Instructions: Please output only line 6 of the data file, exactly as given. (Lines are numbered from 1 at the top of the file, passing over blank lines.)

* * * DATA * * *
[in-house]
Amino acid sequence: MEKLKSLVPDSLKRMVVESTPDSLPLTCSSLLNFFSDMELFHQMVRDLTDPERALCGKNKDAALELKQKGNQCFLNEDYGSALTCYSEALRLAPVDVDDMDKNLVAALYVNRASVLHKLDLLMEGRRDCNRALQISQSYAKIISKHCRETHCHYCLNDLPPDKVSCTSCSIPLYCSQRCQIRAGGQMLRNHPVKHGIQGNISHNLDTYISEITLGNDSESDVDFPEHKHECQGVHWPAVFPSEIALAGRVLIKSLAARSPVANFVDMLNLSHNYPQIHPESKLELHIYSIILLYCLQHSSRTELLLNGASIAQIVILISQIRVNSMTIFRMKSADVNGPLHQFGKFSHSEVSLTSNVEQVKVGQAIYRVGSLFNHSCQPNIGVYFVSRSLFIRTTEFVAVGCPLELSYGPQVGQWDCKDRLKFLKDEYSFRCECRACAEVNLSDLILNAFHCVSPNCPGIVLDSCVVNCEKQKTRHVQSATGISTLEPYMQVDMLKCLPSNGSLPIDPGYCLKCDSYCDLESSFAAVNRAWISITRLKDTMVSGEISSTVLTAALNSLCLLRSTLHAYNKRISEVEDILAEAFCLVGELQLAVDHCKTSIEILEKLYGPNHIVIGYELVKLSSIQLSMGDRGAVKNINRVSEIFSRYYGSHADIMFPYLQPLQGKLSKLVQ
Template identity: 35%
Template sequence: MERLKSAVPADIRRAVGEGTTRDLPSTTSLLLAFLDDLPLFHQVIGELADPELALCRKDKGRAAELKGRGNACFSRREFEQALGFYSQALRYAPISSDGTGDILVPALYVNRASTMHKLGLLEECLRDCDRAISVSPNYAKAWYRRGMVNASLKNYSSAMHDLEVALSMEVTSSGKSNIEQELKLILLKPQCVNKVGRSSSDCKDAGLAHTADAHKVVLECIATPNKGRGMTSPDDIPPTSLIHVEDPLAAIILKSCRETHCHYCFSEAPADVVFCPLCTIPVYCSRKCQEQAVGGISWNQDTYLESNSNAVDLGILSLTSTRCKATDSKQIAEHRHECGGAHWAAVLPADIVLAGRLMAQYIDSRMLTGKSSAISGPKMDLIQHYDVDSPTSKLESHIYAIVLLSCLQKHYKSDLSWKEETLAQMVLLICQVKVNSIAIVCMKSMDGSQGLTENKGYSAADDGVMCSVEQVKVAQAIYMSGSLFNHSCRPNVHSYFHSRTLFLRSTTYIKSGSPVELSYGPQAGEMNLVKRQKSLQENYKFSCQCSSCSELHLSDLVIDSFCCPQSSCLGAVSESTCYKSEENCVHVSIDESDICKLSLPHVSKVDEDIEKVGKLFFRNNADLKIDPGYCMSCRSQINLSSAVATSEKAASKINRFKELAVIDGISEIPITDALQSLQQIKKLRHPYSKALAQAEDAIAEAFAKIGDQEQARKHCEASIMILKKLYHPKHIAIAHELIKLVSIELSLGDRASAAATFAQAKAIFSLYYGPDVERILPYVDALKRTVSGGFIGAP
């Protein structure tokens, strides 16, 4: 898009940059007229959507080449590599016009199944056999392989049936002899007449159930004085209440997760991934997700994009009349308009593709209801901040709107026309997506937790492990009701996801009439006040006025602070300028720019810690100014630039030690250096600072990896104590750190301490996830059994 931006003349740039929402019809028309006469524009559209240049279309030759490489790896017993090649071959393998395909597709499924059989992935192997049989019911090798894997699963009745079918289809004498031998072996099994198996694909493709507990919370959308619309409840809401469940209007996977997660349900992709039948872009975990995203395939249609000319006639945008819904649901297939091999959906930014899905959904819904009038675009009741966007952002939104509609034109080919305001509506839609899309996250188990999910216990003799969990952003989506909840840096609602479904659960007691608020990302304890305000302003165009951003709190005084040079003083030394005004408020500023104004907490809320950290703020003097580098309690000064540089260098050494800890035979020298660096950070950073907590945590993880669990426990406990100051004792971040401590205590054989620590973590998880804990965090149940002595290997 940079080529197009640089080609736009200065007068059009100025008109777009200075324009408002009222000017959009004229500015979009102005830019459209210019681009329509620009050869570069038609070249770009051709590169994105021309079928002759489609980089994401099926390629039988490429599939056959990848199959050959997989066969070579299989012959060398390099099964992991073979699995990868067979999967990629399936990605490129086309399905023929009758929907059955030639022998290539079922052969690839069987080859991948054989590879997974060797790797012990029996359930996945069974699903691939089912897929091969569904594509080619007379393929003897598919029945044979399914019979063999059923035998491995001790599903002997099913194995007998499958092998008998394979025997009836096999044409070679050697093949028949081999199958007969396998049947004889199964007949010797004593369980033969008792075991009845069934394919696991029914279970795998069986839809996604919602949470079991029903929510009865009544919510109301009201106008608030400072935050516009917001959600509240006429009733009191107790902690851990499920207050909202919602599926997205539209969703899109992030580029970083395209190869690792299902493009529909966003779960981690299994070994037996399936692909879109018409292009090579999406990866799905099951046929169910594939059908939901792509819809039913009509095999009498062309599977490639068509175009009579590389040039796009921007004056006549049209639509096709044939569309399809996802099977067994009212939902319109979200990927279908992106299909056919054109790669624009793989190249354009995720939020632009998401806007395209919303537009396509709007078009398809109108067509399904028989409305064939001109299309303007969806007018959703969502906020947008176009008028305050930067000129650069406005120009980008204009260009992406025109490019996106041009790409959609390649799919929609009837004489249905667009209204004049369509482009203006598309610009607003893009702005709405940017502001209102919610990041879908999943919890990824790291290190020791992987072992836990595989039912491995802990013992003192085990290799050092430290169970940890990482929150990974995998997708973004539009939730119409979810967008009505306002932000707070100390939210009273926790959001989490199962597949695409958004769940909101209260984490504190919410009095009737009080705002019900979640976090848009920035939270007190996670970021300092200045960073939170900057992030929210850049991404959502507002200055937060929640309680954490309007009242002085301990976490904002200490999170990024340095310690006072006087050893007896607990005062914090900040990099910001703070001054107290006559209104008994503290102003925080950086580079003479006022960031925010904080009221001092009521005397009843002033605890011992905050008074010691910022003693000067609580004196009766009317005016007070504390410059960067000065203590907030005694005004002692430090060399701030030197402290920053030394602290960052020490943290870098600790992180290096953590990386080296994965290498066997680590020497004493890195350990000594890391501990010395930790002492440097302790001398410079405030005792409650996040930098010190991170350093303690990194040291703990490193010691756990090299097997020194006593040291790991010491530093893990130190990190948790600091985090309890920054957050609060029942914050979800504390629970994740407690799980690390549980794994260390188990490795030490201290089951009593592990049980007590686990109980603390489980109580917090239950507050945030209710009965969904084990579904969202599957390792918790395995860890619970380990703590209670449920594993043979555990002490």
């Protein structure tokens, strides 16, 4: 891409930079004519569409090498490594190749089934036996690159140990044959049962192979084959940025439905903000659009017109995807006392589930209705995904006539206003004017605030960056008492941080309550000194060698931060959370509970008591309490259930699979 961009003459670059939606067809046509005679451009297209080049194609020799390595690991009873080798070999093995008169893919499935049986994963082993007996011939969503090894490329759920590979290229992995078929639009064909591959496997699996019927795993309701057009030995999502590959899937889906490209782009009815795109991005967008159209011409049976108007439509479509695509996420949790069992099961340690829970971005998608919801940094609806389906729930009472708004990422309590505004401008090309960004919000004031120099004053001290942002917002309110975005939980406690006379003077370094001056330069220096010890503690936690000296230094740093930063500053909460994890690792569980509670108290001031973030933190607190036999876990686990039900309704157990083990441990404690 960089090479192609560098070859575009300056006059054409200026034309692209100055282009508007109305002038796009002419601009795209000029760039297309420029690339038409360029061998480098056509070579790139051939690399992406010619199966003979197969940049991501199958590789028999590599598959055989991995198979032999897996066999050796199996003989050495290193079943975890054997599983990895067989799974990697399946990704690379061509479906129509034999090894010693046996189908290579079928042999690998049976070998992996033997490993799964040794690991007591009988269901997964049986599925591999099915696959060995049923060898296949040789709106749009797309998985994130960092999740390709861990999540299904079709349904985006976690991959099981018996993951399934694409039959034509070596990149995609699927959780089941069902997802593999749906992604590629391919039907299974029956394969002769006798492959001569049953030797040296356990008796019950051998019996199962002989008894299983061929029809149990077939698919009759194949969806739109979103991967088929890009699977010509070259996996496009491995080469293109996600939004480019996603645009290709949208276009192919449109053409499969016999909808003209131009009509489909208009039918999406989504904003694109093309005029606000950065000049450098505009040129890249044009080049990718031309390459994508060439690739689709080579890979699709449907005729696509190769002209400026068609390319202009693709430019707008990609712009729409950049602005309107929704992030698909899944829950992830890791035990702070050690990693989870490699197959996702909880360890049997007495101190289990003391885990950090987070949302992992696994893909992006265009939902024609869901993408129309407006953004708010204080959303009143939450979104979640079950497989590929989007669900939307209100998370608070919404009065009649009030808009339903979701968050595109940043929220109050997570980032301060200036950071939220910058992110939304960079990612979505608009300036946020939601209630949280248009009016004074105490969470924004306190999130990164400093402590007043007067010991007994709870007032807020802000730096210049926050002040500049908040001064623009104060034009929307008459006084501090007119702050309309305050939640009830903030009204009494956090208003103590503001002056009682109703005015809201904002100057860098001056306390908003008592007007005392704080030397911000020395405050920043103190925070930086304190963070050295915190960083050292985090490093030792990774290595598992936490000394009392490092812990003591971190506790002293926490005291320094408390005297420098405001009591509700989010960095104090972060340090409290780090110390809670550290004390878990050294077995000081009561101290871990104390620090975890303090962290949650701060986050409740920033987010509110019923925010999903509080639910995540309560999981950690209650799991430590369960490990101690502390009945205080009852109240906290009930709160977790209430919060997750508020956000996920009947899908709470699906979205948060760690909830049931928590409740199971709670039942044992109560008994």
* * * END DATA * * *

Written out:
């Protein structure tokens, strides 16, 4: 891409930079004519569409090498490594190749089934036996690159140990044959049962192979084959940025439905903000659009017109995807006392589930209705995904006539206003004017605030960056008492941080309550000194060698931060959370509970008591309490259930699979 961009003459670059939606067809046509005679451009297209080049194609020799390595690991009873080798070999093995008169893919499935049986994963082993007996011939969503090894490329759920590979290229992995078929639009064909591959496997699996019927795993309701057009030995999502590959899937889906490209782009009815795109991005967008159209011409049976108007439509479509695509996420949790069992099961340690829970971005998608919801940094609806389906729930009472708004990422309590505004401008090309960004919000004031120099004053001290942002917002309110975005939980406690006379003077370094001056330069220096010890503690936690000296230094740093930063500053909460994890690792569980509670108290001031973030933190607190036999876990686990039900309704157990083990441990404690 960089090479192609560098070859575009300056006059054409200026034309692209100055282009508007109305002038796009002419601009795209000029760039297309420029690339038409360029061998480098056509070579790139051939690399992406010619199966003979197969940049991501199958590789028999590599598959055989991995198979032999897996066999050796199996003989050495290193079943975890054997599983990895067989799974990697399946990704690379061509479906129509034999090894010693046996189908290579079928042999690998049976070998992996033997490993799964040794690991007591009988269901997964049986599925591999099915696959060995049923060898296949040789709106749009797309998985994130960092999740390709861990999540299904079709349904985006976690991959099981018996993951399934694409039959034509070596990149995609699927959780089941069902997802593999749906992604590629391919039907299974029956394969002769006798492959001569049953030797040296356990008796019950051998019996199962002989008894299983061929029809149990077939698919009759194949969806739109979103991967088929890009699977010509070259996996496009491995080469293109996600939004480019996603645009290709949208276009192919449109053409499969016999909808003209131009009509489909208009039918999406989504904003694109093309005029606000950065000049450098505009040129890249044009080049990718031309390459994508060439690739689709080579890979699709449907005729696509190769002209400026068609390319202009693709430019707008990609712009729409950049602005309107929704992030698909899944829950992830890791035990702070050690990693989870490699197959996702909880360890049997007495101190289990003391885990950090987070949302992992696994893909992006265009939902024609869901993408129309407006953004708010204080959303009143939450979104979640079950497989590929989007669900939307209100998370608070919404009065009649009030808009339903979701968050595109940043929220109050997570980032301060200036950071939220910058992110939304960079990612979505608009300036946020939601209630949280248009009016004074105490969470924004306190999130990164400093402590007043007067010991007994709870007032807020802000730096210049926050002040500049908040001064623009104060034009929307008459006084501090007119702050309309305050939640009830903030009204009494956090208003103590503001002056009682109703005015809201904002100057860098001056306390908003008592007007005392704080030397911000020395405050920043103190925070930086304190963070050295915190960083050292985090490093030792990774290595598992936490000394009392490092812990003591971190506790002293926490005291320094408390005297420098405001009591509700989010960095104090972060340090409290780090110390809670550290004390878990050294077995000081009561101290871990104390620090975890303090962290949650701060986050409740920033987010509110019923925010999903509080639910995540309560999981950690209650799991430590369960490990101690502390009945205080009852109240906290009930709160977790209430919060997750508020956000996920009947899908709470699906979205948060760690909830049931928590409740199971709670039942044992109560008994």